As COVID-19 wanes, Gladys Johnston is celebrating living through her second pandemic.

Born in Molalla, Oregon, during the middle of the 1918 Flu Pandemic, Johnston and her family will celebrate her 103rd birthday Saturday.

She credits her longevity to one thing:

“Stay active. It’s got something to do with it,” Johnston said Wednesday, looking over stacks of old photo albums during an interview. “I was never any one to sit around.”

And if Johnston’s life story is any indication, she’s done just that.

Growing up on a farm in Aurora, Oregon, Johnston finished just a year of high school before helping her father.

“I helped my dad in the field because I was the oldest,” Johnston said, referring to her two brothers, Harley and Eugene Mitts.

Harley Mitts, now 94 and Johnston’s only surviving brother, remembered fondly their years growing up on the farm and, later, Myrtle Creek.

Mitts and Johnston recalled a time when they spotted a fire on the roof of their home.

“I ran the pump outside to the well, and she carried buckets in the house, upstairs and out on the roof to put the fire out,” Mitts said.

Johnston’s active life continued after Myrtle Creek. She’d often sing, dance and play guitar at dance halls and barn dances around the region. (She still yodels to this day.)

In fact, one of those dances — at the Melody Mountain Dance Hall — is where she met her future husband, Clarence. The two married when Gladys Johnston was 25 and moved from logging camp to logging camp.

“I was just a house wife,” Johnston said.

But by 1955 that would change.

“Logging was getting dangerous,” said Laurie Mitts, Johnston’s niece. “And he was a faller, and she kind of gave him an ultimatum — he needed to find something safer. And this is where the boat came in, where she could go along with him and be a part of it, that was important.”

The couple purchased the Oregon Mist, a 40-foot wooden fishing boat for $8,500 in Gardiner, according to Laurie Mitts.

Gladys Johnston kept log books of the Oregon Mist’s travels as the Johnstons fished for salmon.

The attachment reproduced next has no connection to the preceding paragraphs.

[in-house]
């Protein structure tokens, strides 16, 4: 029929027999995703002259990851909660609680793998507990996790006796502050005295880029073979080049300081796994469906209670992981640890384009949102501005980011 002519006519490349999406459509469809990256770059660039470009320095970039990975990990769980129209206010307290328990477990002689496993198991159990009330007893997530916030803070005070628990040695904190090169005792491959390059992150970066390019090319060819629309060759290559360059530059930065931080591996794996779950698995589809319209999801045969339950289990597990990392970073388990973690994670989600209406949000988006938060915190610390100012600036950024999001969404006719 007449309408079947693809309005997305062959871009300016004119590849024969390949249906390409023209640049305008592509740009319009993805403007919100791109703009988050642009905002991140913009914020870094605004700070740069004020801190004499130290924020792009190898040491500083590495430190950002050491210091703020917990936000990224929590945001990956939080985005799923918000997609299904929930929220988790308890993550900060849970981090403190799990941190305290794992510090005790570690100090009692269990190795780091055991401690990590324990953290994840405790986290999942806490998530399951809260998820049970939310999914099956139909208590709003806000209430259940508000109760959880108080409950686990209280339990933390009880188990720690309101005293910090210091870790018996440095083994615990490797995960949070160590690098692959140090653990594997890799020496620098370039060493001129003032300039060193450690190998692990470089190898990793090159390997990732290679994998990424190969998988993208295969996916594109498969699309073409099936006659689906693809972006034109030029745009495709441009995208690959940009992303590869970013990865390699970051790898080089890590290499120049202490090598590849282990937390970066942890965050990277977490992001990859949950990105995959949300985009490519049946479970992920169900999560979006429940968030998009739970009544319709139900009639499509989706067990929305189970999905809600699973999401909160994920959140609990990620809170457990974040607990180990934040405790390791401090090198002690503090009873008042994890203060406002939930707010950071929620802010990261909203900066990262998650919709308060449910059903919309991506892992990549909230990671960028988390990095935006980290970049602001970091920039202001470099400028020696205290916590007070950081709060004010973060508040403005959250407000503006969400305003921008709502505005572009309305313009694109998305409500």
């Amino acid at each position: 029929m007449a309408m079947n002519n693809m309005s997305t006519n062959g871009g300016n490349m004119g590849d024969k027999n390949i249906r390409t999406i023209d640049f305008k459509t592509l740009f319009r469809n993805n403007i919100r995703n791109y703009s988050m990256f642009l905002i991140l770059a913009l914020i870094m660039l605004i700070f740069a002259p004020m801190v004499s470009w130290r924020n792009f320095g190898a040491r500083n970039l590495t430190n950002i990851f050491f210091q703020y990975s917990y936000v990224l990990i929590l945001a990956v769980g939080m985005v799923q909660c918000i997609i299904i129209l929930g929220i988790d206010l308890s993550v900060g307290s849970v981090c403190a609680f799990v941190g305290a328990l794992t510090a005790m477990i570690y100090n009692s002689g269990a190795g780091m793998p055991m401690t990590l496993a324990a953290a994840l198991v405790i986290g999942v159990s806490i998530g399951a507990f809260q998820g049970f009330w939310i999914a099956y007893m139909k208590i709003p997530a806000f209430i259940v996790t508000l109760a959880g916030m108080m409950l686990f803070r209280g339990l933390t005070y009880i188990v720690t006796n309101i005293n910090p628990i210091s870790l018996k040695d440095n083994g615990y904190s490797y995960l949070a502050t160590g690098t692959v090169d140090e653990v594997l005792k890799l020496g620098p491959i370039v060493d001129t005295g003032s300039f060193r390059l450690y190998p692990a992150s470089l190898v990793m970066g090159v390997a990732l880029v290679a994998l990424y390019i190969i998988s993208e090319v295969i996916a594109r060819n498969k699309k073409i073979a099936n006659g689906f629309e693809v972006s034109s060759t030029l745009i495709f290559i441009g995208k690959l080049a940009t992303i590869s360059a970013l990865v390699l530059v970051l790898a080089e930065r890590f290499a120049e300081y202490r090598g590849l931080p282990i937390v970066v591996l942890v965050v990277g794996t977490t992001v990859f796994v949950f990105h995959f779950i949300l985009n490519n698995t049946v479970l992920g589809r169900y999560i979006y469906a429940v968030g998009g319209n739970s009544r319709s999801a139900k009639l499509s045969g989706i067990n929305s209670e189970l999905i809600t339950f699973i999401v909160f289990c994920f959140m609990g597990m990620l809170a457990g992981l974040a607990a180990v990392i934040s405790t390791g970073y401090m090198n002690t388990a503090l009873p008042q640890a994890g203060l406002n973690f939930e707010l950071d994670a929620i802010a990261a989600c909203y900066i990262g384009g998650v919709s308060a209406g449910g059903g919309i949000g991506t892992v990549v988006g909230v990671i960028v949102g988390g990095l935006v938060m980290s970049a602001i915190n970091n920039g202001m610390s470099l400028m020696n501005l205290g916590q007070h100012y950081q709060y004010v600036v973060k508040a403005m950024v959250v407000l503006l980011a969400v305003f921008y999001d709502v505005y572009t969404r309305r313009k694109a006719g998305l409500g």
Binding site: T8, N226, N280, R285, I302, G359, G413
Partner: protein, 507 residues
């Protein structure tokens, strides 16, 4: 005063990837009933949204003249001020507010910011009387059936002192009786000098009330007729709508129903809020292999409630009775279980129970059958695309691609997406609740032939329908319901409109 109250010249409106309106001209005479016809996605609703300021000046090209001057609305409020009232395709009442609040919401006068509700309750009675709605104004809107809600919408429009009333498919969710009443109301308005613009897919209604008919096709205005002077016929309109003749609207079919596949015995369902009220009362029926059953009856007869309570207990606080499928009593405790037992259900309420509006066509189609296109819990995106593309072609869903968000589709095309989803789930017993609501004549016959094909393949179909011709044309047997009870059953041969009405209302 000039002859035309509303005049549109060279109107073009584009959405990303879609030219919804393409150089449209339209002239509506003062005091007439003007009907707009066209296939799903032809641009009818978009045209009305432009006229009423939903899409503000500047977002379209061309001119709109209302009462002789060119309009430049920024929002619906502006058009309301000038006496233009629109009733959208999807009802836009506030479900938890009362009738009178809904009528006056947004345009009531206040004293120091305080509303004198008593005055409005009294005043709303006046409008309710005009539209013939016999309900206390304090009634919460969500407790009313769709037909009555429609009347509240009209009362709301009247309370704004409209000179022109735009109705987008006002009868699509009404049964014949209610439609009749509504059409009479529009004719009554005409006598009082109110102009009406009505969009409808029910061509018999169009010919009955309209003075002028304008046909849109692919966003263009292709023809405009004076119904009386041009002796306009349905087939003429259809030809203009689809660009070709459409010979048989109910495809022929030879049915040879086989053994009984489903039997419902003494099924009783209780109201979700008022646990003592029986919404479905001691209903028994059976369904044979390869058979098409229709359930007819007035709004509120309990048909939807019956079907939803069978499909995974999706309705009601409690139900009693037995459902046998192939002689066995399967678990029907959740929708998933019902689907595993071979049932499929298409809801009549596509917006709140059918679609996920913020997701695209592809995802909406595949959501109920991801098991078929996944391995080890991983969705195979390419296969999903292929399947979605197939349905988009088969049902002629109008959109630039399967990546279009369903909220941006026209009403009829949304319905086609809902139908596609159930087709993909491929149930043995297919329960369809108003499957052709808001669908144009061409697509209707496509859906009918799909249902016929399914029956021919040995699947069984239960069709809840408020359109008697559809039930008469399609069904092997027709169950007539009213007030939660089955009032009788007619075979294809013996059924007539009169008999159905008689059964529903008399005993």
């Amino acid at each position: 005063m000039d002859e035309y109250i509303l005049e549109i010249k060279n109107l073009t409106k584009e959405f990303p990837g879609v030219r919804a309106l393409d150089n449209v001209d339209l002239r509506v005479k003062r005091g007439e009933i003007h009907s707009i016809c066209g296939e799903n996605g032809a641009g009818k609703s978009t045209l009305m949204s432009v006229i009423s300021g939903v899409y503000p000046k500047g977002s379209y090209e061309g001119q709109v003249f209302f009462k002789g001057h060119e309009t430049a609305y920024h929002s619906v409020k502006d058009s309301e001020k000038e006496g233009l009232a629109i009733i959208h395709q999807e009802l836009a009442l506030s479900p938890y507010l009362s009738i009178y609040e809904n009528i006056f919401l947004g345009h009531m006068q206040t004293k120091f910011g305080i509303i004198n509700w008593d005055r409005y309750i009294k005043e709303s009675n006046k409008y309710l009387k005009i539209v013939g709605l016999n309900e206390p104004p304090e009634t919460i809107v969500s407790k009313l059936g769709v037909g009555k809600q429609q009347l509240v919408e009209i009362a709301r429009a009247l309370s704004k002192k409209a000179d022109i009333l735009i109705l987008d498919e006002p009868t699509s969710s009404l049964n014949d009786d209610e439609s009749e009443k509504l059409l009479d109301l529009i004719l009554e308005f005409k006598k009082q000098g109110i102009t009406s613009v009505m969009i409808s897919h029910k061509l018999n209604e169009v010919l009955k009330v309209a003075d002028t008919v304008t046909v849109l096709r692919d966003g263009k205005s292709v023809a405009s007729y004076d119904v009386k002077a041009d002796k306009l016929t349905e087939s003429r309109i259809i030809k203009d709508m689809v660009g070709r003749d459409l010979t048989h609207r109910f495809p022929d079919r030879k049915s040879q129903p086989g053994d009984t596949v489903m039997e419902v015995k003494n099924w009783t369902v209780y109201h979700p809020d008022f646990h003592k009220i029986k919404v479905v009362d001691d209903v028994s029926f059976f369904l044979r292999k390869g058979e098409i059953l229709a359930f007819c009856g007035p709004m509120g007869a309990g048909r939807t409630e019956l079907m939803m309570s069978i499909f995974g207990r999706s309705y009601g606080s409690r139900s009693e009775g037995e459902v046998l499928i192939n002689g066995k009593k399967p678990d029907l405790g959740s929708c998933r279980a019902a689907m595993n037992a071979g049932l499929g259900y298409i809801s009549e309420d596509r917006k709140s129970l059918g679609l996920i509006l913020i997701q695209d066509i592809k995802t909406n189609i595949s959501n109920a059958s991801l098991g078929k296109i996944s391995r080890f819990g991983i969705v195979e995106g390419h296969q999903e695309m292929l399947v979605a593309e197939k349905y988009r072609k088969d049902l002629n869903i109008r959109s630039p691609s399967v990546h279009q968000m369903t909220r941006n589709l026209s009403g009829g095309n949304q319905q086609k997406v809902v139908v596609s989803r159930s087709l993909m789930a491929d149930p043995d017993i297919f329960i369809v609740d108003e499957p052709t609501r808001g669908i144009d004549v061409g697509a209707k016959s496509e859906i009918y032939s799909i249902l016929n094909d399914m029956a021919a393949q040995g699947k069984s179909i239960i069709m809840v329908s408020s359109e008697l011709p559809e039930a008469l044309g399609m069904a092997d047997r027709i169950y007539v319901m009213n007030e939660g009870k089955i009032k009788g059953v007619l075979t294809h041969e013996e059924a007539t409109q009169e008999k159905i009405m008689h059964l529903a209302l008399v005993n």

The couple was based in Charleston, and fished as far down as Eureka over the years. Their boat was a “roller” in heavy seas, Johnston remembered.

“We crossed quite a few bars, you know,” Johnston said. “At Bandon, we never stayed in there at night, because we were afraid we’d get in there and the bar would roughen and we couldn’t get out.”

The couple’s activity didn’t slow down when they resold the Oregon Mist in 1983. They were fond of traveling, making trips to Hawaii, Canada and, one time, a memorable trip to Michigan to pick up a new Chevrolet.

Hunting was one of the couple’s favorite activities. Deer, elk, moose and caribou all found themselves on the other side of Johnston’s gun.

“A lot of hunting. I don’t know how many deer I got — I don’t have any idea,” Johnston said.

After 54 years of marriage, Clarence Johnston passed in 1997. Gladys Johnston lived in Coos Bay by herself for years after that, until last year, when she moved to a senior living community in Brookings.

“Right before COVID started, it was getting harder and harder to get out and visit and get to her. So that was the main reason why we moved her closer to us, so we could keep an eye on her and get through this whole thing together,” Laurie Mitts said.

She’s been busy in her new home, learning cribbage from other residents and playing them frequently.

That level of activity’s been central to her life.

“Stay active. That’s the main thing. Stay active,” she said.

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